Top Gear gear took the MINI Cooper out against the all new Audi A1 recently and came away with a tighter battle then we would have expected. But before we get to that, lets look at what where the MINI won and lost against the all new A1:
Get a clean entry to the roundabout, or any set of bends, and the Mini will make the most of them. Sure, all the ‘maximum go-kart feel’ marketing is nonsense, but underneath it all – and even on a humble automatic Cooper with no driving modes or adaptive suspension, this is still a cracking chassis. And a fun (big) little car.
We’ve said this for years. The amount of fun you can have with a bare-bones MINI Cooper is amazing given the rest of the similar priced automotive market.
The price you pay for the Mini’s freakish body control and agility when you’re really leaning on it, and marvelling at how it grips, how truly it steers, and how obediently it responds to lifting off the throttle and quick steering inputs, is a boisterous ride around town. Some of that would be mitigated by binning the ugly Sport Pack and its John Cooper Works 17-inch rims, but the bobbly ride is a Mini trait you’ll not eradicate with any combination of options. It’s never harsh, but it likes to excitedly inform you of pretty much any road imperfection, tugging at your hands like a hyperactive child clinging onto a weary parent.
In other words the MINI delivers on performance and excitement. How about the Audi?
The A1’s far better behaved. It’s been to finishing school, and the result is possibly the most refined small car ever. Mark the date, here we are in December 2018, and we’re driving an Audi S-line that smothers British roads like it’s levitating. Only when you come across a really big pothole does the A1 give the game away, big-style, as a jolt ricochets through the structure. The suspension can sweat the small stuff, but give it a really meaty imperfection to chew on and it runs out of travel. Hardly out of the ordinary in a supermini, but more notable in the A1 because it’s just so damn quiet.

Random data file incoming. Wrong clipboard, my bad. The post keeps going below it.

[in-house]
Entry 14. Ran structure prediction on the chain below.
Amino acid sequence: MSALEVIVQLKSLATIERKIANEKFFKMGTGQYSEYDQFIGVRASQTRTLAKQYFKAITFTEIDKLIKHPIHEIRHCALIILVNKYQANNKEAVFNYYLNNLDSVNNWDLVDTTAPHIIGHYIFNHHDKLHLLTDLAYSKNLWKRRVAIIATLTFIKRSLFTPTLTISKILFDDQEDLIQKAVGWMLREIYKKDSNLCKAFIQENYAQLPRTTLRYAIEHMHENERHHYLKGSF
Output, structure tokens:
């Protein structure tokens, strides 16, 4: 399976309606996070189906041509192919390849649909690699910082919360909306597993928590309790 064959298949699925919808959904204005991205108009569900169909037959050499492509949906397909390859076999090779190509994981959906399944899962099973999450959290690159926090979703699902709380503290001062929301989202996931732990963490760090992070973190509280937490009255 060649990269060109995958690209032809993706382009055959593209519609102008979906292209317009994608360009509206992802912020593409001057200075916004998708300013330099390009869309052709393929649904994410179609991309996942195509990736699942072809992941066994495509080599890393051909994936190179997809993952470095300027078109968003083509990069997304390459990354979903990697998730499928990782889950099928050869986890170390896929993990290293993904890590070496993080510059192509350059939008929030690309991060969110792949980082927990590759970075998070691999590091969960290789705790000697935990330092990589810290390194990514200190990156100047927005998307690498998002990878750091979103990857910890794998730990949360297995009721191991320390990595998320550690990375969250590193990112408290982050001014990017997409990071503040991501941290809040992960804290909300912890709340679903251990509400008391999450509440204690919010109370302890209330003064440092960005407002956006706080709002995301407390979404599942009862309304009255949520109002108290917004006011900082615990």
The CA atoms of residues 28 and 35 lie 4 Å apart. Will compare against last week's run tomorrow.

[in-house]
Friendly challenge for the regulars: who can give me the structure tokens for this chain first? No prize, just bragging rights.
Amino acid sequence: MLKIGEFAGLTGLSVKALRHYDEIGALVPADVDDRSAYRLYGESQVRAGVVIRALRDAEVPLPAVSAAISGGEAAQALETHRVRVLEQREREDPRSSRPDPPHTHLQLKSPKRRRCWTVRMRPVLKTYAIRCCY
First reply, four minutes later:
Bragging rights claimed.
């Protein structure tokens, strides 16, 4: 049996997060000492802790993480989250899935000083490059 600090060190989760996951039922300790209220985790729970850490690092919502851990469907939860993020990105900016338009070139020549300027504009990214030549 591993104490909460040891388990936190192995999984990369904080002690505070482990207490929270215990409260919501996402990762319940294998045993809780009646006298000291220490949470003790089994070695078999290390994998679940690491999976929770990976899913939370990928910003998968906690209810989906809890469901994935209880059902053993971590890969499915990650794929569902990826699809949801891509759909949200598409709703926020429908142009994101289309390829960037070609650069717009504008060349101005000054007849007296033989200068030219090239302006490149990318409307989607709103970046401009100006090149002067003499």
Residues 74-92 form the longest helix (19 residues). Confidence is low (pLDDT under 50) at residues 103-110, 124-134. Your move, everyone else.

Great, but how do they compare head to heard on a great road?
But in this tit-for-tat battle, yet again the Mini closes the gap and the A1 stumbles. Point the Audi, with its peppy motor, schporty S-line promise and often-immaculate road manners down the same stretch of road where the Mini has you marvelling at its tarmac rally car aspirations, and the Audi… sort of falls to pieces.
Dead steering, tardier gearbox (with no paddles, like the Mini, but lazy shifting speeds) and more engine inertia than the mini’s sweet 1.5-litre triple conspire to slow you back down. Get braver on the brakes, carry that hard-won momentum and the suspension that soothes back in the village runs back out of travel and leaves the body rocking. In one fast direction change, the Mini puts a couple of car lengths on the Audi.
The conclusion? The Audi “wins” but it’s with more faint praise than we’d have expected considering the MINI is now five years old:
For more people, more of the time, the Audi is the better car here. It’s quiet, very comfortable, more spacious, tidy and easy to drive and it has a more mature image that a few folks, put off by the cartoon Mini, might gravitate to.